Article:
Atmospheric scientist Katharine Hayhoe helps kick off Festival of Homiletics
October 10, 2020
Beginning in Genesis, the Bible assigns humankind responsibility to care for every living thing — not just plants and animals, but one another.
But many of us are shirking our duty, contributing to pollution levels that are largely unseen and helping to worsen global warming, which has given planet Earth at least a low-grade fever.
Dr. Katharine Hayhoe, an atmospheric scientist at Texas Tech University and co-author of “A Climate for Change: Global Warming Facts for Faith-Based Decisions,” spoke during the opening day of May’s Festival of Homiletics, which was held online this year. This year’s theme was “Preaching a New Earth: Climate and Creation.”
Each year, global warming is putting more and more people at risk to poverty and hunger, political instability and health problems, she said. Droughts are occurring in West Texas, where Hayhoe lives, and in far-off locations including Syria. It’s now “a big straw on the camel’s back,” she said. Climate change has widened the gap between rich and poor worldwide by 25%.
Hayhoe used a military term, “threat multiplier,” to describe the effects of climate change. “It’s like a bucket with a hole in it,” she said. “The hole is getting bigger over time.”
What to do? Fortunately for believers, the Bible is specific about what our attitude and actions should be, Hayhoe said.
God hasn’t given us the spirit of fear, she said. Fear is behind the denial of basic science and climate change. Many say they also fear excess government control, “somebody telling me what to do.” What spirit has God given us?
It’s right there in 2 Timothy 1:7, Hayhoe pointed out. She likes the New King James Version: “For God has not given us a spirit of fear, but of power and of love and of a sound mind.”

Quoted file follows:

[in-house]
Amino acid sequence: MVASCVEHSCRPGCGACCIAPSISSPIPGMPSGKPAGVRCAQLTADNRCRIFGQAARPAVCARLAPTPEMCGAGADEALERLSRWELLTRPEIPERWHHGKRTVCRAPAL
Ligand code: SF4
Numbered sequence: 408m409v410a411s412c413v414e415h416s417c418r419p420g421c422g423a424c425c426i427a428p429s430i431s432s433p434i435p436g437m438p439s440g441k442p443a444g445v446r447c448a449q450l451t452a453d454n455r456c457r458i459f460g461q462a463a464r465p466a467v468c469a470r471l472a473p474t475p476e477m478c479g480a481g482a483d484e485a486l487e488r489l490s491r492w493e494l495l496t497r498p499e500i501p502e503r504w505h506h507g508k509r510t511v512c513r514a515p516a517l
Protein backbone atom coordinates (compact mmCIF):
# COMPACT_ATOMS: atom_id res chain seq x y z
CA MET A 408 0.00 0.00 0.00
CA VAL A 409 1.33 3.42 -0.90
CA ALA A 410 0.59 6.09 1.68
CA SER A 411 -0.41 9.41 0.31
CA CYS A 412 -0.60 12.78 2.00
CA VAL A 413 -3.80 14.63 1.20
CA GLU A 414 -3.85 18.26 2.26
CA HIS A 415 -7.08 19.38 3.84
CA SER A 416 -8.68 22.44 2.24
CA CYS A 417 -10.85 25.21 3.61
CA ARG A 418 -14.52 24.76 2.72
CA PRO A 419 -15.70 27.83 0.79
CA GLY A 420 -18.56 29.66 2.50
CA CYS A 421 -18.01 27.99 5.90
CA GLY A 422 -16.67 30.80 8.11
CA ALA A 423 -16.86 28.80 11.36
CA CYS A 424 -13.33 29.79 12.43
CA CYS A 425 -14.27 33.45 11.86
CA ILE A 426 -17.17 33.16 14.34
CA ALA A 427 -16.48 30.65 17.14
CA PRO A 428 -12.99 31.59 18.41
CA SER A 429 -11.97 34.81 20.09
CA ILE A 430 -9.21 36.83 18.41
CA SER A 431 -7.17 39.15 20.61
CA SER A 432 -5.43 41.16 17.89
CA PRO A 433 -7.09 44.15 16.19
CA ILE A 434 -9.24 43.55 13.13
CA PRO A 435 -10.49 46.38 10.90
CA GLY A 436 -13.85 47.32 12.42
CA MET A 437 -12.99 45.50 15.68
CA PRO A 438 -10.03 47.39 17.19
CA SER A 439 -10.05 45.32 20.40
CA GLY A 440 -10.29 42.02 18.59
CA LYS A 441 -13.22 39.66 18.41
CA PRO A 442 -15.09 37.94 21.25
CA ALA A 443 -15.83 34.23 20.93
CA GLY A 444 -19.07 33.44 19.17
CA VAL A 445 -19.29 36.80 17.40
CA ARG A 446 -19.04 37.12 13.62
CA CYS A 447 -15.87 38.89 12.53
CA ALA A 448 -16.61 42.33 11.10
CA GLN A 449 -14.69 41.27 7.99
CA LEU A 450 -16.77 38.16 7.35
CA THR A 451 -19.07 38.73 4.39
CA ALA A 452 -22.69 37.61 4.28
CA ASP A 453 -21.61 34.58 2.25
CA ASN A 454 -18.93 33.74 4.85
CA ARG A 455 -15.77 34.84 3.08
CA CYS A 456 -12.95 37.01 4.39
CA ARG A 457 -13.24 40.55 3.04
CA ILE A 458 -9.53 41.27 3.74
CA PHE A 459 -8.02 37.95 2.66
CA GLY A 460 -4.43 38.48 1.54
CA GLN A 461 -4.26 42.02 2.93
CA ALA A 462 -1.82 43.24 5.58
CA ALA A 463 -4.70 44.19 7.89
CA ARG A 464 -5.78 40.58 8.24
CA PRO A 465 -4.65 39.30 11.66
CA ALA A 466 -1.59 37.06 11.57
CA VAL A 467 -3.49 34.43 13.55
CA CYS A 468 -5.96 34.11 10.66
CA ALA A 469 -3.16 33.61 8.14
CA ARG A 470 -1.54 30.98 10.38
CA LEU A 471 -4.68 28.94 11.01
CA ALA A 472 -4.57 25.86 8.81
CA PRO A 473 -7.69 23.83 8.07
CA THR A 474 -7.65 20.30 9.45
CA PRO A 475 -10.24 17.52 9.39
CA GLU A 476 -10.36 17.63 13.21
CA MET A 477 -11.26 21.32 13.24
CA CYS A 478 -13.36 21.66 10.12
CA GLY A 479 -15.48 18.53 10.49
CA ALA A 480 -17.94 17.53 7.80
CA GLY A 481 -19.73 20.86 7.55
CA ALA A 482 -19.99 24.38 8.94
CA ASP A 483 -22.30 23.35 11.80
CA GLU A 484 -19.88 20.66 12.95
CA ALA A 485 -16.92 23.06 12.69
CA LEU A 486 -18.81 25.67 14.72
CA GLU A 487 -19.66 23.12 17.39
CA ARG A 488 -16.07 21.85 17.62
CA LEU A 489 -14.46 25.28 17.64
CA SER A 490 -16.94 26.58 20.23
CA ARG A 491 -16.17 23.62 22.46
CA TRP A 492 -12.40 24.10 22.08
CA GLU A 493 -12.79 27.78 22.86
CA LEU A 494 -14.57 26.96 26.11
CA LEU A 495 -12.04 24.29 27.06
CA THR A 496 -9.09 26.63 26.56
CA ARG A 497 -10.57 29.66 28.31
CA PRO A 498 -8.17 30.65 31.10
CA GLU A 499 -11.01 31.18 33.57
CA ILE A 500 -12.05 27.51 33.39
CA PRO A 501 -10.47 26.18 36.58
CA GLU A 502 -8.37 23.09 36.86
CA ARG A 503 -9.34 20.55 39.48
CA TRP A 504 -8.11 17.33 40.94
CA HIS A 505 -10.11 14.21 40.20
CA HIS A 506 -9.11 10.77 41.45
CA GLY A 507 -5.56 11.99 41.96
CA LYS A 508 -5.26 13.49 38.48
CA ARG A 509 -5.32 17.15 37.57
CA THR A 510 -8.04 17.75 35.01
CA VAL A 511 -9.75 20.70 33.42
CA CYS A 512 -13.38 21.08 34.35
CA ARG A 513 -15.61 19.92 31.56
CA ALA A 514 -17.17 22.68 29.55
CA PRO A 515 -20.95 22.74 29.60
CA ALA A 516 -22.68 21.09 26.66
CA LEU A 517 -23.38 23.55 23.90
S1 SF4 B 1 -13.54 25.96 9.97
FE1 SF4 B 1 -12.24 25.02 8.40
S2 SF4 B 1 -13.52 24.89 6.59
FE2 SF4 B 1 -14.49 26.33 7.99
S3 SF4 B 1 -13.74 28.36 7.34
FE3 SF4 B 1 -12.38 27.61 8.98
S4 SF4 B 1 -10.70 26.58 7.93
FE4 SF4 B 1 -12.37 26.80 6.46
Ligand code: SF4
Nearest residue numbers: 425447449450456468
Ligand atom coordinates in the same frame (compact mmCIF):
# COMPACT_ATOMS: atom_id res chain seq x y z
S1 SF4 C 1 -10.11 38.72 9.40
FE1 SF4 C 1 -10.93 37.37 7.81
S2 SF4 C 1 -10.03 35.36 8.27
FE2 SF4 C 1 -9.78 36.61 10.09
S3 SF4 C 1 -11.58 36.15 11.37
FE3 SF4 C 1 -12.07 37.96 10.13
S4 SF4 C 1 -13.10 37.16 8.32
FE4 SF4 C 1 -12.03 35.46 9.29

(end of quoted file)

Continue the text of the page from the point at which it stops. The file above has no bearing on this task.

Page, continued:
“A sound mind,” she said. “I have to love that as a scientist.”
There’s no one magic solution, but there are dozens of proactive ways Christians can collectively work to mitigate global warming’s disastrous consequences.
“As Christians, we are not lone rangers,” Hayhoe said. “We are part of a body, and we are called to act in community.” One organization people can join online, she said, is Climate Caretakers, which among other services sends subscribers a monthly email with ideas on what they can do together.
“We can act individually, too,” she said, by consuming more locally grown food, eating lower on the food chain and considering the installation of solar panels to help power our homes.
“But most important is to use our voice to tell people why climate change matters,” she said. “Share the good news of the solutions that already exist.”
In addition, “we can join an organization that amplifies our voice” by working in tandem with other like-minded people: birders, skiers, people who fish, mothers. “There’s an organization for everyone,” she said.
The bottom line: “For us as Christians, caring for God’s Creation is a genuine expression of our faith, a true expression of God’s love,” Hayhoe said. “The only thing that counts is when our faith expresses itself through love.”
“It’s about loving our global neighbor,” she said.
Mike Ferguson, Editor, Presbyterian News Service
Today’s Focus: Atmospheric Scientist Katharine Hayhoe
Let us join in prayer for:
Let us pray:
We thank you, Lord, for the new thing you are doing among us. We pray for the mission and ministry of the congregations, who are envisioning and acting on a new way to be your people in a changed and changing world. In Jesus’ name we pray. Amen.